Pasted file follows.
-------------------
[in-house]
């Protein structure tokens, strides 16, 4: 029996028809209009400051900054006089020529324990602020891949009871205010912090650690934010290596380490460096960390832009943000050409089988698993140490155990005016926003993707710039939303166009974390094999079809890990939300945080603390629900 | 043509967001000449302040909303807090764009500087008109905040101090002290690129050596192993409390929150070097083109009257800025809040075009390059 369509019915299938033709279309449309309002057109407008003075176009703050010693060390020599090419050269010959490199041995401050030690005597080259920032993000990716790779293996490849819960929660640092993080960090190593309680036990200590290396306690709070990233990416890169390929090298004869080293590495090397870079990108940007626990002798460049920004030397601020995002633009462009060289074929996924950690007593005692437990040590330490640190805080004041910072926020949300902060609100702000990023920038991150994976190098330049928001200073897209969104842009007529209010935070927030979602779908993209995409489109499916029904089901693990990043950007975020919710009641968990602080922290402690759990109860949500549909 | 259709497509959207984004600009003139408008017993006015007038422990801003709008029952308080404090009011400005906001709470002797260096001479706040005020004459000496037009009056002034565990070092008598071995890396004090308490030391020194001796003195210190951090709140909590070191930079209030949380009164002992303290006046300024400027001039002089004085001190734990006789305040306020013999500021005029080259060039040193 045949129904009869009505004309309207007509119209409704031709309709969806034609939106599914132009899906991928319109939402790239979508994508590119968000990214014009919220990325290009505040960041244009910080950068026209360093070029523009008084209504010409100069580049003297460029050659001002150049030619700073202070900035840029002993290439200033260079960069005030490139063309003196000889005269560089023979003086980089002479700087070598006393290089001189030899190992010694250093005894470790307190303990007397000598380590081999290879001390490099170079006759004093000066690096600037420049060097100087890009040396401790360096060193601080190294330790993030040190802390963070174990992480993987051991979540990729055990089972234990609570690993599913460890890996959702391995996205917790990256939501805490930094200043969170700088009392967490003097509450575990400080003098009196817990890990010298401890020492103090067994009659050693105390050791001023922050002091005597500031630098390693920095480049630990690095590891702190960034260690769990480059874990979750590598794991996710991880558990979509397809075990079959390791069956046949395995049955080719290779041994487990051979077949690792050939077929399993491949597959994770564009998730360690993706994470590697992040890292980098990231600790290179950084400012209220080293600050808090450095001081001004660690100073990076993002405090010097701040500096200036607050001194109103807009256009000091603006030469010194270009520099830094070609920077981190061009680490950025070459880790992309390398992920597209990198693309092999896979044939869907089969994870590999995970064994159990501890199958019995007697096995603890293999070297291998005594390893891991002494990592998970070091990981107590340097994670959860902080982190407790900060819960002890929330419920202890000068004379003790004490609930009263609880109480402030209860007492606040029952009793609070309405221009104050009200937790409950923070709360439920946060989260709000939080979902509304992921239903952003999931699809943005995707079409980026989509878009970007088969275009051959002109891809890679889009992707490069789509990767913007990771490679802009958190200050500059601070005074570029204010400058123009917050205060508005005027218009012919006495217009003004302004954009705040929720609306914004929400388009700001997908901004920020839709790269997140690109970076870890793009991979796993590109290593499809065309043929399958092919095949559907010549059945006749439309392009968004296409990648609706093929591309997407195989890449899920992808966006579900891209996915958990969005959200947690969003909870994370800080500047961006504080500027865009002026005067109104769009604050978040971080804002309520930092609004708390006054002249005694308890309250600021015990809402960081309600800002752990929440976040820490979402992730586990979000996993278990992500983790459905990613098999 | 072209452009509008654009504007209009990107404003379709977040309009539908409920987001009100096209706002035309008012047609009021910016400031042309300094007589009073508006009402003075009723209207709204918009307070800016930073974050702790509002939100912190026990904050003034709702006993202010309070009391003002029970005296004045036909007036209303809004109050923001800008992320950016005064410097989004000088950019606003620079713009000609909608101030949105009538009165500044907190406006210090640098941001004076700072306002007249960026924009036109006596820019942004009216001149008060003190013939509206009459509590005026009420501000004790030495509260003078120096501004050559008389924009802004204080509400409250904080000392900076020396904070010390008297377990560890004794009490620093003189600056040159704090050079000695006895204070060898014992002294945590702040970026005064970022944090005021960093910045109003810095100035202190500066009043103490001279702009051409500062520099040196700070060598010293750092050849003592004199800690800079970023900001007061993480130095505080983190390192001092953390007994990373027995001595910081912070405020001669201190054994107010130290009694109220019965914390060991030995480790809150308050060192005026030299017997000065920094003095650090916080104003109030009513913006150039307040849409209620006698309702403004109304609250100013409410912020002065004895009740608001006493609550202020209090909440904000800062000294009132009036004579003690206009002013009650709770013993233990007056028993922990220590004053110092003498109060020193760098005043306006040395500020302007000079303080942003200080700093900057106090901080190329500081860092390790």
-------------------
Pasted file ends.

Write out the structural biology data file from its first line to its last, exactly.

[in-house]
């Protein structure tokens, strides 16, 4: 029996028809209009400051900054006089020529324990602020891949009871205010912090650690934010290596380490460096960390832009943000050409089988698993140490155990005016926003993707710039939303166009974390094999079809890990939300945080603390629900 | 043509967001000449302040909303807090764009500087008109905040101090002290690129050596192993409390929150070097083109009257800025809040075009390059 369509019915299938033709279309449309309002057109407008003075176009703050010693060390020599090419050269010959490199041995401050030690005597080259920032993000990716790779293996490849819960929660640092993080960090190593309680036990200590290396306690709070990233990416890169390929090298004869080293590495090397870079990108940007626990002798460049920004030397601020995002633009462009060289074929996924950690007593005692437990040590330490640190805080004041910072926020949300902060609100702000990023920038991150994976190098330049928001200073897209969104842009007529209010935070927030979602779908993209995409489109499916029904089901693990990043950007975020919710009641968990602080922290402690759990109860949500549909 | 259709497509959207984004600009003139408008017993006015007038422990801003709008029952308080404090009011400005906001709470002797260096001479706040005020004459000496037009009056002034565990070092008598071995890396004090308490030391020194001796003195210190951090709140909590070191930079209030949380009164002992303290006046300024400027001039002089004085001190734990006789305040306020013999500021005029080259060039040193 045949129904009869009505004309309207007509119209409704031709309709969806034609939106599914132009899906991928319109939402790239979508994508590119968000990214014009919220990325290009505040960041244009910080950068026209360093070029523009008084209504010409100069580049003297460029050659001002150049030619700073202070900035840029002993290439200033260079960069005030490139063309003196000889005269560089023979003086980089002479700087070598006393290089001189030899190992010694250093005894470790307190303990007397000598380590081999290879001390490099170079006759004093000066690096600037420049060097100087890009040396401790360096060193601080190294330790993030040190802390963070174990992480993987051991979540990729055990089972234990609570690993599913460890890996959702391995996205917790990256939501805490930094200043969170700088009392967490003097509450575990400080003098009196817990890990010298401890020492103090067994009659050693105390050791001023922050002091005597500031630098390693920095480049630990690095590891702190960034260690769990480059874990979750590598794991996710991880558990979509397809075990079959390791069956046949395995049955080719290779041994487990051979077949690792050939077929399993491949597959994770564009998730360690993706994470590697992040890292980098990231600790290179950084400012209220080293600050808090450095001081001004660690100073990076993002405090010097701040500096200036607050001194109103807009256009000091603006030469010194270009520099830094070609920077981190061009680490950025070459880790992309390398992920597209990198693309092999896979044939869907089969994870590999995970064994159990501890199958019995007697096995603890293999070297291998005594390893891991002494990592998970070091990981107590340097994670959860902080982190407790900060819960002890929330419920202890000068004379003790004490609930009263609880109480402030209860007492606040029952009793609070309405221009104050009200937790409950923070709360439920946060989260709000939080979902509304992921239903952003999931699809943005995707079409980026989509878009970007088969275009051959002109891809890679889009992707490069789509990767913007990771490679802009958190200050500059601070005074570029204010400058123009917050205060508005005027218009012919006495217009003004302004954009705040929720609306914004929400388009700001997908901004920020839709790269997140690109970076870890793009991979796993590109290593499809065309043929399958092919095949559907010549059945006749439309392009968004296409990648609706093929591309997407195989890449899920992808966006579900891209996915958990969005959200947690969003909870994370800080500047961006504080500027865009002026005067109104769009604050978040971080804002309520930092609004708390006054002249005694308890309250600021015990809402960081309600800002752990929440976040820490979402992730586990979000996993278990992500983790459905990613098999 | 072209452009509008654009504007209009990107404003379709977040309009539908409920987001009100096209706002035309008012047609009021910016400031042309300094007589009073508006009402003075009723209207709204918009307070800016930073974050702790509002939100912190026990904050003034709702006993202010309070009391003002029970005296004045036909007036209303809004109050923001800008992320950016005064410097989004000088950019606003620079713009000609909608101030949105009538009165500044907190406006210090640098941001004076700072306002007249960026924009036109006596820019942004009216001149008060003190013939509206009459509590005026009420501000004790030495509260003078120096501004050559008389924009802004204080509400409250904080000392900076020396904070010390008297377990560890004794009490620093003189600056040159704090050079000695006895204070060898014992002294945590702040970026005064970022944090005021960093910045109003810095100035202190500066009043103490001279702009051409500062520099040196700070060598010293750092050849003592004199800690800079970023900001007061993480130095505080983190390192001092953390007994990373027995001595910081912070405020001669201190054994107010130290009694109220019965914390060991030995480790809150308050060192005026030299017997000065920094003095650090916080104003109030009513913006150039307040849409209620006698309702403004109304609250100013409410912020002065004895009740608001006493609550202020209090909440904000800062000294009132009036004579003690206009002013009650709770013993233990007056028993922990220590004053110092003498109060020193760098005043306006040395500020302007000079303080942003200080700093900057106090901080190329500081860092390790």